Other accounts have shared misinformation that may not be overtly anti-gay, but it’s still troubling. For example, one widely shared memes features a banner that reads, “Monkeypox is a cover story for the acquired shingles vaccine. Changed my mind.” Another image shows a still from the Austin Powers movie saying, “The fear of Covid is easing. Release monkeypox!!!”

Influencers aren’t the only ones promoting myths about monkeypox. Alex Jones, a far-right radio host and Trump ally, claimed that the Covid vaccines caused this. Last week, Representative Marjorie Taylor Green (R-Ge) adopted an old conspiracy theory — that Bill Gates engineered Covid for profit — and simply replaced the disease. “Bill Gates is very concerned about monkeypox because it is something that, it seems, can make a lot of money,” she said on her Facebook Live. The leading doctors in the field of anti-vaccines have also embraced the reason. In his recent Substack newsletter, Dr. Paul Alexander, a former Trump adviser who has also been a staunch supporter of anti-vaccine truck driver convoys in Canada and the United States, speculated that Covid vaccines may have left us vulnerable to other diseases. He wrote: “Our immune systems may now be put at serious risk (in vaccinated people) due to the Covid vaccine.” “Monkeypox may be tipping.” (The idea that Covid vaccines weaken the immune system has been debunked.)

On May 20, Dr. Aaron Khairati, a professor of psychiatry and human behavior who was fired from his position at UC-Irvine for refusing to receive a COVID vaccination, suggested in a tweet on Twitter. route To his 157,000 followers that monkeypox virus was so intentionally issued by powerful global public health authorities in order to enrich the pharmaceutical companies that manufacture vaccines and treatments. As evidence for this theory, he cited a simulation exercise conducted last year in which epidemiologists practiced pandemic response planning using a hypothetical outbreak of monkeypox as an example. This conspiracy theory has been widely repeated, including by the Robert F.

The truth, it is not surprising, Much less exciting. Epidemiologists often use simulations to prepare for outbreaks – this type of planning is an important public health tool. The fact that experts included simulations of an outbreak of monkeypox indicates that they considered it likely. “While you may hear on the news that scientists were surprised by this outbreak, that’s not entirely true,” Walsh said. “We’ve been watching monkeypox adapt to human-to-human transmission in Africa for several decades, so it was only a matter of time before that happened.” Walsh said he was appalled to suggest that monkeypox is in any way linked to Covid vaccines. He said, “We are testing people,”So the simple fact is that we know it’s smallpox, not herpes or HIV.”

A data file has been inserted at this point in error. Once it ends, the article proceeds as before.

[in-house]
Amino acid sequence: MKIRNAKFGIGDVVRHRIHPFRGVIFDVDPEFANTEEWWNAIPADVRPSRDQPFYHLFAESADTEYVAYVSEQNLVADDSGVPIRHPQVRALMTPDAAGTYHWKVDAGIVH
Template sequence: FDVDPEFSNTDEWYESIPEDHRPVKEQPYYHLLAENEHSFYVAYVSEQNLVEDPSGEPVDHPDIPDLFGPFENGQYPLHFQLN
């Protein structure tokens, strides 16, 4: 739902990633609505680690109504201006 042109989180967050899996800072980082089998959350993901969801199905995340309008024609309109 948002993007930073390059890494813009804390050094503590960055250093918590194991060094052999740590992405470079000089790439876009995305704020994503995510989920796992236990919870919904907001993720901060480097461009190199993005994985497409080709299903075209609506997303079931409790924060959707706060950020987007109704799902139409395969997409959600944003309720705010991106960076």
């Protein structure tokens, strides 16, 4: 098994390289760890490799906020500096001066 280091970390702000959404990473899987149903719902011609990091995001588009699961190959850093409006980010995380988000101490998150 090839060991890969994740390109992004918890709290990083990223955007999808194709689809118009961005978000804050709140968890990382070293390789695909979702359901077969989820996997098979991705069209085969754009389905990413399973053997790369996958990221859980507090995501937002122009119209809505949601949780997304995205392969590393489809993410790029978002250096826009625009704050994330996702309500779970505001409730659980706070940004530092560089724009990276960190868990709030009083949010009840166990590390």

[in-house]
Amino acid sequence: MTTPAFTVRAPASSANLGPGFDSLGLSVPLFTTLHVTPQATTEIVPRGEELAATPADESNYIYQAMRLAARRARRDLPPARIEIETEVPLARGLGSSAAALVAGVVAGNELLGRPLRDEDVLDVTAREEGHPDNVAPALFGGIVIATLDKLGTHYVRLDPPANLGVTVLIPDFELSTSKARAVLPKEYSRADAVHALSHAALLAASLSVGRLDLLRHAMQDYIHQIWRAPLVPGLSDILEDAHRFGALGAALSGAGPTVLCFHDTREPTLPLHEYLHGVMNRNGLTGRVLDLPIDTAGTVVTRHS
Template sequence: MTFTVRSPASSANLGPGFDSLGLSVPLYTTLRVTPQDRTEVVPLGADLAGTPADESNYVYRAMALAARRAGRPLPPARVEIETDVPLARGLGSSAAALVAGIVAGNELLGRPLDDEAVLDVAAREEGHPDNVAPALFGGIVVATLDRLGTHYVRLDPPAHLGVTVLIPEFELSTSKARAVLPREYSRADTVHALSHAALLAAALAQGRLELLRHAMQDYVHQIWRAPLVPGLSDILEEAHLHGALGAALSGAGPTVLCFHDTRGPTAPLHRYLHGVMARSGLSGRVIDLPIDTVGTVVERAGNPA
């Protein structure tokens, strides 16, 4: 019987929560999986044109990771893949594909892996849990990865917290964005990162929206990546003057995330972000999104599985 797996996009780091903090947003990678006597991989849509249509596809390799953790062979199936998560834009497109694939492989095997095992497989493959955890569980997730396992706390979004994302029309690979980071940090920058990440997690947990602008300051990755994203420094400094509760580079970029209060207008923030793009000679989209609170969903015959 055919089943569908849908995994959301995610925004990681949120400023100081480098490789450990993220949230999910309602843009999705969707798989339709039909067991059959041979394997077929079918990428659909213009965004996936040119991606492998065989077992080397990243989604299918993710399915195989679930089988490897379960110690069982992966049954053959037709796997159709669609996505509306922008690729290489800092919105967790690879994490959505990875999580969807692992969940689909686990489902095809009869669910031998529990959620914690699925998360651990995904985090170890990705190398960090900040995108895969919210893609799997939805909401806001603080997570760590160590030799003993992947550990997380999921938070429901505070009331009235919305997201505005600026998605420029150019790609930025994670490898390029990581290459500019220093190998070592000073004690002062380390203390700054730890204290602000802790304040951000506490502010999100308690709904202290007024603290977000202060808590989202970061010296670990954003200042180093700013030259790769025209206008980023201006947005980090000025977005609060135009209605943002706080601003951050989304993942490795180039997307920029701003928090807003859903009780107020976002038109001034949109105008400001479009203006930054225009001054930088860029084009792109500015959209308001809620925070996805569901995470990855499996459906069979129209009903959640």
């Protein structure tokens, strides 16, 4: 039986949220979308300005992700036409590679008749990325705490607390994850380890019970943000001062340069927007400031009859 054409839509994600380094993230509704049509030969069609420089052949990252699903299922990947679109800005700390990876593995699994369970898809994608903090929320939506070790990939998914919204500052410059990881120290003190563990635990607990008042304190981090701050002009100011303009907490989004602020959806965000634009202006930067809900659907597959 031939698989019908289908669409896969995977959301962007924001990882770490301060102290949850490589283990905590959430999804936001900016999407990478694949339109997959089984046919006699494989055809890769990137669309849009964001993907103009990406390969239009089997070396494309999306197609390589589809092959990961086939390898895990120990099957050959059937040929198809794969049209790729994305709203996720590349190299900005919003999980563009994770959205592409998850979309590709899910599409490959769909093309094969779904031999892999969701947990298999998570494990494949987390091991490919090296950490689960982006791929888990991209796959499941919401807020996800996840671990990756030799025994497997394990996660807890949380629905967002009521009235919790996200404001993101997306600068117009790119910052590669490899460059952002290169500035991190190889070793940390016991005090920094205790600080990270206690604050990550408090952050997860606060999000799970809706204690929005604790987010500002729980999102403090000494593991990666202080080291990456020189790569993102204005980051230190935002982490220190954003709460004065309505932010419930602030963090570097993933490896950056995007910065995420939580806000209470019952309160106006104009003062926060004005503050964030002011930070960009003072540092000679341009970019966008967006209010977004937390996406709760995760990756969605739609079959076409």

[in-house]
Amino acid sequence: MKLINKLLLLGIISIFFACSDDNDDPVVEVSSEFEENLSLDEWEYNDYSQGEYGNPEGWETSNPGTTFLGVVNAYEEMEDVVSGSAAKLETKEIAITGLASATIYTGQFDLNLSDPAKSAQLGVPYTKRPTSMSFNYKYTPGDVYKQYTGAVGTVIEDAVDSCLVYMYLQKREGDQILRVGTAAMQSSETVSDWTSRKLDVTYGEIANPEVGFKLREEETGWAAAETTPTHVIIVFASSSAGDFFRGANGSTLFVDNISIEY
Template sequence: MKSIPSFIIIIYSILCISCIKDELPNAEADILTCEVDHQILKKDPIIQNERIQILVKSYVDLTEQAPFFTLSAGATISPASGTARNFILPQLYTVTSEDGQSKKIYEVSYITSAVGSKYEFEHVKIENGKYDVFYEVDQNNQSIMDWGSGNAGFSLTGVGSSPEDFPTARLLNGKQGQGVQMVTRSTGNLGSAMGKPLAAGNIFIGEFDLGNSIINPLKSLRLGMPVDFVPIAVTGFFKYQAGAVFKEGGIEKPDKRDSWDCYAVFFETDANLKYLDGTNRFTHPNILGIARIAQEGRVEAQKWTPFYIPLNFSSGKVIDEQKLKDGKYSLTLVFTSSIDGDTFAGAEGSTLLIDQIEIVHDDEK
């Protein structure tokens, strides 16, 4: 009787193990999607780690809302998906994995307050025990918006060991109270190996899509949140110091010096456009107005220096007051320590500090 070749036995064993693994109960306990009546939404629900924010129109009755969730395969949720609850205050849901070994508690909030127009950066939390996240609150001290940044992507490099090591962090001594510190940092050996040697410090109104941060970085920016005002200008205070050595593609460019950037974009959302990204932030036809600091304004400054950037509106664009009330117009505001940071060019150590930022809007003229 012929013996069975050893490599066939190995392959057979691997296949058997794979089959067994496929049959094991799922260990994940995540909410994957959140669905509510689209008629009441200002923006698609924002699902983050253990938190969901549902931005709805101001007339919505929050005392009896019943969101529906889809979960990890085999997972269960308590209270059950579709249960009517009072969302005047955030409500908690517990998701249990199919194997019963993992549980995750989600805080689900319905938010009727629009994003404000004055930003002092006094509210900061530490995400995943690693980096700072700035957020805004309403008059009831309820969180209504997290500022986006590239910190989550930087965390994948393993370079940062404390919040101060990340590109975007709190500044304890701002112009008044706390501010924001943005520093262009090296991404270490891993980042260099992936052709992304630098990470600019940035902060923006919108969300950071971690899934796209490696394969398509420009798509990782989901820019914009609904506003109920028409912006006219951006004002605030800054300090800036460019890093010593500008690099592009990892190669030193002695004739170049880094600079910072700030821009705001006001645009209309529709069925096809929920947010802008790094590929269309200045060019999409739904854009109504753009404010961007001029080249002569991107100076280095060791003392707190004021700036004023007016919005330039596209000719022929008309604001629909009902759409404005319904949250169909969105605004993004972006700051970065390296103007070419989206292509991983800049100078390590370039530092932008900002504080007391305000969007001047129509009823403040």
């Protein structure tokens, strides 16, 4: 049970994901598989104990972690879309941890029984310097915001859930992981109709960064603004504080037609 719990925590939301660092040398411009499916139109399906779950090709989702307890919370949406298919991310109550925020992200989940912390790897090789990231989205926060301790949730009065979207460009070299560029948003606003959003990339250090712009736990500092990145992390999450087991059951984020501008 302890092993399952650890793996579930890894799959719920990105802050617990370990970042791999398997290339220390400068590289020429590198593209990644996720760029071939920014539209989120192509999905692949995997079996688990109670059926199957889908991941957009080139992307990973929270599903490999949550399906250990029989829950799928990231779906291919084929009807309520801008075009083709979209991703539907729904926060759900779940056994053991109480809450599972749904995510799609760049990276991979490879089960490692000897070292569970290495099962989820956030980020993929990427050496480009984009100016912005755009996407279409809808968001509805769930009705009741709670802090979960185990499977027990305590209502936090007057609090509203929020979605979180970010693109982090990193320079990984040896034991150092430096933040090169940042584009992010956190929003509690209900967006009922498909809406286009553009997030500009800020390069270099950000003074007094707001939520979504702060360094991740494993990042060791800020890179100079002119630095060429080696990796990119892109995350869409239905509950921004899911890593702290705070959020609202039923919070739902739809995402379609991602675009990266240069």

However, non-dramatic facts do not seem to gain momentum as easily as sweeping accounts of powerful people with nefarious motives. Social media platforms seem to be struggling to keep up with the onslaught of monkeypox content. Twitter says in its community guidelines that users may not “share false or misleading information about Covid-19 that could lead to harm.” Substack has no such policies. Neither of these companies responded to a request for comment on their policies regarding monkeypox misinformation or anti-gay rhetoric. A spokesperson for Meta, the parent company of Facebook and Instagram, noted that fact-checking organizations it works with have been monitoring monkeypox content. Penalties for sharing such content range from demotion in the visibility algorithm to removal. The spokesperson did not specifically address homophobic accounts of monkeypox, but my quick Facebook search turned up several examples of posts that described monkeypox as the result of a “wrong” lifestyle.

It’s possible that social media platforms carefully censor monkeypox content not so much for homophobia as they are for straightforward misinformation. In his Substack post, Berenson dismissed the idea that Covid vaccines cause monkeypox. “[Y]You can totally go to Alex Jones and start screaming about how the DNA/AAV Covid vaccines are giving us monkeypox! He wrote. “Do you know what happens to my blood pressure when jerks wake up on Twitter Compare me to Alex #@$%TG$Jones? If you get whipped, you’ll know why.” Here’s a tactic: By distancing himself from some of the wildest conspiracy theories, Berenson, who has not responded to my request for comment, makes his homophobia seem plausible by comparison. Throughout the pandemic, rogue scientists and other influential opponents have profited Their qualifications are to gain credibility and separate themselves from the tin-hat crowd.

The spread of this kind of misinformation on social media is a particular source of frustration for Walsh, who watches in horror the fact that the truth about an illness he has studied for years is being misrepresented by conspiracy theorists. “It’s really disappointing that some people are posting this kind of thing maliciously, but I think that’s their intent,” he said. “Maybe they know very well what they’re doing.”

Images from left: Engin Akyurt/Unsplash, Radek Pestka/Unsplash, Christian Buehner/Unsplash, Daniel Schludi/Unsplash, BSIP/UIG/Getty, Martin Sanchez/Unsplash, Sushil Nash/Unsplash